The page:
In the News 23rd September
Wednesdays News at a glance:
Carry On Nurse – E-cigarette hysteria is hazardous to your health – Risks of e-cigarette use exaggerated – Assembly survey finds slight majority against banning e-cigarettes in enclosed public and work spaces – ECITA give evidence to the Welsh Health and Social Care Committee – Premarket Study Positive for Proposed Snus Warning Label Changes – D.C.’s Electronic Cigarette Tax is an Insane Policy that Will Help Renormalize Smoking – Pending Federal Legislation on Tobacco Issues – Extras on Excise: Will Tobacco Buttlegging Contraband Broaden to E-Vapelegging? – Counterpoint: This sin tax is not about protecting kids – Nicotine Science and Policy – Daily Digest
Mawsley – Planet of the Vapes
Variations of the saying “a lie can travel half way around the world while the truth is putting on its shoes” have been attributed to many people – but the fact remains that scare stories about vaping and poor research gets a lot of traction in the media. Strong rebuttals are important, and this week a forthright piece was carried in The Nursing Times…
Richard Carmona – New York Post
To say electronic cigarettes ignite controversy is an understatement.
For some, e-cigarettes offer the prospect of disrupting the $800 billion global cigarette trade by providing a satisfying alternative to smoking. Nicotine itself is not a carcinogen, and e-cigarettes do not have all of the toxins and carcinogens produced by burning tobacco that cause half of all long-term smokers to die prematurely.
For the other side, e-cigarettes look more like Big Tobacco bouncing back with a dangerous new way to hook kids and keep people smoking….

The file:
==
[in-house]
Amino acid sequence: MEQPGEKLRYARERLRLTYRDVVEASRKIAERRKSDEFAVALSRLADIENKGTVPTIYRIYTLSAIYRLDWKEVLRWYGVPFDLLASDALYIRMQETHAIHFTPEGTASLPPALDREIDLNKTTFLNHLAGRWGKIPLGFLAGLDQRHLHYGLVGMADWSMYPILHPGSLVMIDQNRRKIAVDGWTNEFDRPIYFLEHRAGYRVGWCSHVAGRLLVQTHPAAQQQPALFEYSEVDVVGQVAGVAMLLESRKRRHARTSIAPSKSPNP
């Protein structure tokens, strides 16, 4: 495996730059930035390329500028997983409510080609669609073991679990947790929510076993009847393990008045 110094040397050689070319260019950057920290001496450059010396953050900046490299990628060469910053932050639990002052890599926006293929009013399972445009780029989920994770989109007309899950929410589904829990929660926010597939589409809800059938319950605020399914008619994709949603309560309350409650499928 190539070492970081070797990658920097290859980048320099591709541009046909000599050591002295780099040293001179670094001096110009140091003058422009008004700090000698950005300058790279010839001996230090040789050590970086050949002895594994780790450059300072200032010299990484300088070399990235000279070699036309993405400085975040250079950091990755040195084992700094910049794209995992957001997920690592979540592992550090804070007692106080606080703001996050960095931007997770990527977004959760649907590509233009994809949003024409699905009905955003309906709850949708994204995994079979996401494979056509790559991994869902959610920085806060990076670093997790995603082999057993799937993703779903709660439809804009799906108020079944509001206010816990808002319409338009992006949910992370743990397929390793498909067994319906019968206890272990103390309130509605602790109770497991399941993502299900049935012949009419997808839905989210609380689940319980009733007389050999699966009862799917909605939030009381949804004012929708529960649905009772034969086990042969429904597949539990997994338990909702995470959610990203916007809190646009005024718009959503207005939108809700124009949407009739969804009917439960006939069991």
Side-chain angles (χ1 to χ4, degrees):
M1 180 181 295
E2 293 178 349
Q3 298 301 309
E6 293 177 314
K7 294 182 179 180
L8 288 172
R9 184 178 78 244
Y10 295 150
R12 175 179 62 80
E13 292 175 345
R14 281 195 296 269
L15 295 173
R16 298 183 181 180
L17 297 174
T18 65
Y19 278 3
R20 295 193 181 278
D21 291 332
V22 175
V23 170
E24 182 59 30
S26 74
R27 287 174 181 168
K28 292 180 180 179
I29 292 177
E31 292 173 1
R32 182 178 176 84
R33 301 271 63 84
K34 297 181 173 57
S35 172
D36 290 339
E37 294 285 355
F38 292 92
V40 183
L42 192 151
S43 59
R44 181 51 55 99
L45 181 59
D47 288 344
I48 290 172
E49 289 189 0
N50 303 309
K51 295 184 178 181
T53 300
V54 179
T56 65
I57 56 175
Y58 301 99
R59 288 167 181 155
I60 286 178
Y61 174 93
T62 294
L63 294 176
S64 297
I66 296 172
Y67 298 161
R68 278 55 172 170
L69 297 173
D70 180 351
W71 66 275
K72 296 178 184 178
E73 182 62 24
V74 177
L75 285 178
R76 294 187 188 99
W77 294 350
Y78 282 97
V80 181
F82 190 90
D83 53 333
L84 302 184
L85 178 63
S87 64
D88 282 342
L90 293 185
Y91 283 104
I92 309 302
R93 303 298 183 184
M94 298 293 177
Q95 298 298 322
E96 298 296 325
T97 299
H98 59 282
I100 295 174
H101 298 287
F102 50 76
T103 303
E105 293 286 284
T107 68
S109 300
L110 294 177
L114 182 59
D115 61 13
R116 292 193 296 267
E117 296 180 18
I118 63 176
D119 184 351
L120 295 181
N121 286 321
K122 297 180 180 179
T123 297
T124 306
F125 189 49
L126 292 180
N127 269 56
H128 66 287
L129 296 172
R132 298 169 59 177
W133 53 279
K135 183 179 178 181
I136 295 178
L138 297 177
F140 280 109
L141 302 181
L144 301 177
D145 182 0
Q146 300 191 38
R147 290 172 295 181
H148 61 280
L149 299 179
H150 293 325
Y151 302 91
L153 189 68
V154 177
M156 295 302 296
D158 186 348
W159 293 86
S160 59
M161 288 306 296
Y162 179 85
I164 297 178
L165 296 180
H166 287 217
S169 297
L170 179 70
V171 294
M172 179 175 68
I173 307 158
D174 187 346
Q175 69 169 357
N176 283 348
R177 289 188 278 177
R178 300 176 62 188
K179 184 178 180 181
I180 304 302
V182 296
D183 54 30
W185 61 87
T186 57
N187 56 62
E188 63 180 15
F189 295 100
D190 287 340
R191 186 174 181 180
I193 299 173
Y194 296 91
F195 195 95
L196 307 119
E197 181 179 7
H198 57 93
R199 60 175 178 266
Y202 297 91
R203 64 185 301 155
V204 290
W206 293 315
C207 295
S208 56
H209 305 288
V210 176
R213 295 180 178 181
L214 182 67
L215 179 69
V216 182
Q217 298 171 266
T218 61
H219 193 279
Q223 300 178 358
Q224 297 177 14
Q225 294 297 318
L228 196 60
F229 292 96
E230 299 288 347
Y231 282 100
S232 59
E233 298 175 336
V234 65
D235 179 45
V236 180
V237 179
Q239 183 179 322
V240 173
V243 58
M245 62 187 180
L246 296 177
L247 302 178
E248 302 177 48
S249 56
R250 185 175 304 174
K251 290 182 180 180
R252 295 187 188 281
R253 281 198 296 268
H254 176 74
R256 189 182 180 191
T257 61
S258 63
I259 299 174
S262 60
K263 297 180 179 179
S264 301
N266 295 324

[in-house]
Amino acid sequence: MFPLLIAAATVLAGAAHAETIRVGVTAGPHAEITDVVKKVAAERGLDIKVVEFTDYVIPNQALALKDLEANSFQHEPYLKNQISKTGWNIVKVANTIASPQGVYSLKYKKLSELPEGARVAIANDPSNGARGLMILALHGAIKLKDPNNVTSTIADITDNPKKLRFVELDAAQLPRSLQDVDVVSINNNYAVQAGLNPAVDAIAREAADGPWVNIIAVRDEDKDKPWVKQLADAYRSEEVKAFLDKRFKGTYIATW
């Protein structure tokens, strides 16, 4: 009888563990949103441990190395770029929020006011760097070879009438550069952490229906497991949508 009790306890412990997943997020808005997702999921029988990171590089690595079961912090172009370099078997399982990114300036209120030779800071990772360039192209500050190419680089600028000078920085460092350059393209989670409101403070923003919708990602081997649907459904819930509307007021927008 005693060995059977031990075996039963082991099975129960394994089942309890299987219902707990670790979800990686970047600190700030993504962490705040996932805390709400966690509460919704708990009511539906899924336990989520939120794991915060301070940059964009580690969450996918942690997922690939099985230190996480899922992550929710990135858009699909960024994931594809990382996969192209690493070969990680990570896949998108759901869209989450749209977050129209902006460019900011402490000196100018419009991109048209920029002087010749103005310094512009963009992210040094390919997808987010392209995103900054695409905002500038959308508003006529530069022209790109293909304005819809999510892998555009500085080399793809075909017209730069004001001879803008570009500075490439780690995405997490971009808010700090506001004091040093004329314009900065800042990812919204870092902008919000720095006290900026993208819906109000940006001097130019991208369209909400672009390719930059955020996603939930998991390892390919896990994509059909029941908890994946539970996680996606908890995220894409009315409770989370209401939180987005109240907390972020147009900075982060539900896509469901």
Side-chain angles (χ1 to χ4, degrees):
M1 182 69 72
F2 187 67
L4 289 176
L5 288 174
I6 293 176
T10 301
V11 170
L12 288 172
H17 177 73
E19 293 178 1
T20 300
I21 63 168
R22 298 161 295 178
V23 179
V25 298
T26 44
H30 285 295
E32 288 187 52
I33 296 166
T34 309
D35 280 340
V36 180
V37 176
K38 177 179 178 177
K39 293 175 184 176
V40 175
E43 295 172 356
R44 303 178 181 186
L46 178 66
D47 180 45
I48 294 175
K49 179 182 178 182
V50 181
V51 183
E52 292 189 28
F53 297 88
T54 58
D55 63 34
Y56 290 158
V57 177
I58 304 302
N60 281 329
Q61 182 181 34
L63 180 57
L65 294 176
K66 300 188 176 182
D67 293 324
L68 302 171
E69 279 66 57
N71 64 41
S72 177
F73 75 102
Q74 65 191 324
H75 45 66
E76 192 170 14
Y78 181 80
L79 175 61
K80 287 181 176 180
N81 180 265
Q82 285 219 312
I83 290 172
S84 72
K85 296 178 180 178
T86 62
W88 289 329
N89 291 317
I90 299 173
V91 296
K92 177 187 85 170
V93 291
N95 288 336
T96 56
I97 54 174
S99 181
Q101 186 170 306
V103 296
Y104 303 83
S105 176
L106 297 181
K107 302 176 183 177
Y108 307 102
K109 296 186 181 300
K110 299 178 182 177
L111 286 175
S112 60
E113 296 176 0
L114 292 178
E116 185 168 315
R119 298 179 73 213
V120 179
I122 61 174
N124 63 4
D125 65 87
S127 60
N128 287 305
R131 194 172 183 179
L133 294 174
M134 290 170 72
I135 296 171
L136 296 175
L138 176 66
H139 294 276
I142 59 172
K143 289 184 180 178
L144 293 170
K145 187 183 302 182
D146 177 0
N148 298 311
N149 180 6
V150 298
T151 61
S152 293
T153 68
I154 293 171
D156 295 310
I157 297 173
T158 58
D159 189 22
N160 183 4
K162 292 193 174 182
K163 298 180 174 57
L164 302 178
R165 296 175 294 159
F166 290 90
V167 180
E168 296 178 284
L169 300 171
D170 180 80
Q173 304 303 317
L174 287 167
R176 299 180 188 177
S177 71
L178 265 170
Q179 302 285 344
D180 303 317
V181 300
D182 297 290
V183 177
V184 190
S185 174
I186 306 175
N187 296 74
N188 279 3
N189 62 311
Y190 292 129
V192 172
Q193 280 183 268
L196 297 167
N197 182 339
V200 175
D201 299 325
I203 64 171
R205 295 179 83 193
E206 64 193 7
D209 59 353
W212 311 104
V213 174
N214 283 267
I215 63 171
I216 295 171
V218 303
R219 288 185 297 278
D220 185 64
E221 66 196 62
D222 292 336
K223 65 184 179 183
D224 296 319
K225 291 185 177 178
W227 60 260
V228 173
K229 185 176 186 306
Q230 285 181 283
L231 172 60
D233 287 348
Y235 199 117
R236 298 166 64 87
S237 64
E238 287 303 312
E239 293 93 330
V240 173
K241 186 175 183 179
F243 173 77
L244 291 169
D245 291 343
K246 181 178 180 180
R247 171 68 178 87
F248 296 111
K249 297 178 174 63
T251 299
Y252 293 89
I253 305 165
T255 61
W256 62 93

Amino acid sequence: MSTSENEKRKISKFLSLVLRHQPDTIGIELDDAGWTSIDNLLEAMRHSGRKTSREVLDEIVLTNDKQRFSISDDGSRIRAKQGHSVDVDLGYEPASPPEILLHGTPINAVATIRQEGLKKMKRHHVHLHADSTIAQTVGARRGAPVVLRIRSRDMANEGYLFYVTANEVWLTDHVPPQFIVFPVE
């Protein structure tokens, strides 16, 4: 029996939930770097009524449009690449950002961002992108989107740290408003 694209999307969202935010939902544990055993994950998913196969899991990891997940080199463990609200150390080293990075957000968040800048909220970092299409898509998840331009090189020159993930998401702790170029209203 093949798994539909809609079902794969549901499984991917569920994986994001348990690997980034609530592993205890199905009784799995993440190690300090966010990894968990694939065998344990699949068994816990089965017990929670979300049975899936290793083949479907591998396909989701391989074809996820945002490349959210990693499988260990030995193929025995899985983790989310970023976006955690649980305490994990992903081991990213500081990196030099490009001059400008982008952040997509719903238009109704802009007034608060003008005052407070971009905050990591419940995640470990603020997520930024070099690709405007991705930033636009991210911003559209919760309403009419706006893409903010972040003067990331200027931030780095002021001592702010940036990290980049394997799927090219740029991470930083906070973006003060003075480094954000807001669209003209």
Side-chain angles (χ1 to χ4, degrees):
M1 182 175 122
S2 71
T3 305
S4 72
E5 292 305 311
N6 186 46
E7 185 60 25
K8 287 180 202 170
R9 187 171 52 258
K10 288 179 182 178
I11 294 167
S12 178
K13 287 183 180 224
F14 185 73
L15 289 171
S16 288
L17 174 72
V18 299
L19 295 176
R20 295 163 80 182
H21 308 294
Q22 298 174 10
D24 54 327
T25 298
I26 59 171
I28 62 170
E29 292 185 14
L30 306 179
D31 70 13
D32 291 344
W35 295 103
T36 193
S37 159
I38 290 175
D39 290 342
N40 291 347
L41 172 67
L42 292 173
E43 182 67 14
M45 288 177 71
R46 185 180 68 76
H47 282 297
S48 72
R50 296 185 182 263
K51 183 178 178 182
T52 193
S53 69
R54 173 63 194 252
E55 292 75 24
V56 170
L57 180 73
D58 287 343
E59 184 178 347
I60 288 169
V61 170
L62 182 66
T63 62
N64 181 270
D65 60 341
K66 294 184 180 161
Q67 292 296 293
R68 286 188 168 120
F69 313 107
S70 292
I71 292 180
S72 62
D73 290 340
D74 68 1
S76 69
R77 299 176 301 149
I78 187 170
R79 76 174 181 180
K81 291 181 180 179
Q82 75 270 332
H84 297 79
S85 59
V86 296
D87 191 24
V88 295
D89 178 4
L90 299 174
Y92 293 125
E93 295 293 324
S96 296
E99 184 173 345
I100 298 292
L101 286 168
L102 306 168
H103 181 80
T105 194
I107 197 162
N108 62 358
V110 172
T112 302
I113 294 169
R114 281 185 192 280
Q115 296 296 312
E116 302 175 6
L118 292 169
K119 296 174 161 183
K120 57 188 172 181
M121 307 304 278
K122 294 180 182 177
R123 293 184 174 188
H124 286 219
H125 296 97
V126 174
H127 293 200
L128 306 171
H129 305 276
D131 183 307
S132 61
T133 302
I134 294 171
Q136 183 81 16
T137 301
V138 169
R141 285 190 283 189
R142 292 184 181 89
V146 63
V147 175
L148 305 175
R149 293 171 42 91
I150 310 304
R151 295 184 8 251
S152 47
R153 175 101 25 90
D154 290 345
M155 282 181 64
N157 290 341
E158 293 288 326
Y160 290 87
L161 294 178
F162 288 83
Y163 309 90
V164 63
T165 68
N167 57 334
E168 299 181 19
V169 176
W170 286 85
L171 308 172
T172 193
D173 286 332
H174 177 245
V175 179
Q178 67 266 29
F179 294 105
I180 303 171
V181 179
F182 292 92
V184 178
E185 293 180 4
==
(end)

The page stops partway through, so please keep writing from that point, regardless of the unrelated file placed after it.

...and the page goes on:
The risks of e-cigarette use, or “vaping”, have been exaggerated by a health specialist concerned with the matter.
Public Health England (PHE) expert Prof Gerry Stimson said substantial international research on the toxicology of e-cigarettes — summarised in the recent Public Health England report — showed that they were considerably less risky than smoking tobacco.
In enclosed public and work spaces – David Deans
A survey has found a slight majority were against banning e-cigarettes in enclosed public and work spaces.
The study also reveals potential differences in opinion with younger people, who were keener on the ban planned in the upcoming Public Health Bill….
Brad Rodu – Tobacco Truth
The FDA is considering a request from Swedish Match to modify federally-mandated warnings on the company’s snus packages. The company wants to remove the current mouth cancer and gum disease/tooth loss warnings; replace the not-safe-alternative warning with the more accurate “this product presents lower [or substantially lower] risks to health than cigarettes”; and retain the current addiction warning….
That Will Help Renormalize Smoking – The Rest of the Story
“A steady stream of customers poured in to M Street Vape Friday afternoon to get flavor refills for their vaporizers, but they may not be able to do that for long after a new city law takes effect. Starting Oct. 1, a new 67 percent excise tax on vapor products takes effect in Washington, D.C., and it will likely put the shop out of business, its owner says. The tax will treat e-cigarettes just the same as regular tobacco-burning cigarettes, despite the fact that there is no actual tobacco being burnt, but a juice containing nicotine that is heated to produce water vapor…..”
Thomas A. Briant – CSPNet
While local and state tobacco-related legislative issues are reported on routinely throughout the year, bills pending in Congress that would tax or regulate cigarettes, other tobacco products and electronic cigarettes are also numerous, but generally do not receive the same level of media attention….
Erica Parra – Bloomberg. BNA
State legislatures have been attempting to pass legislation to tax vaping, the use of a nicotine-based liquid medium heated into vapor for consumption without the burning of tobacco.
Among them is Alabama which is eyeing a tax on vapor products as it struggles with a budget deficit. Recently, Alabama’s governor, Robert Bentley (R), introduced in his budget proposal a $0.25 tax per milliliter on vapors that contain nicotine, which was ultimately defeated….
When you’ve got nothing else, you’ve got to make it about the children.
Mayor Rahm Emanuel’s proposed tax on vapor products of $1.25 per e-cigarette device, plus 25 cents per milliliter of e-liquid would raise the price of a 30-milliliter bottle by $8.75. Currently, a 30-milliliter bottle costs between $12 and $22, plus local and state sales taxes….
Todays Image borrowed from vaperev.com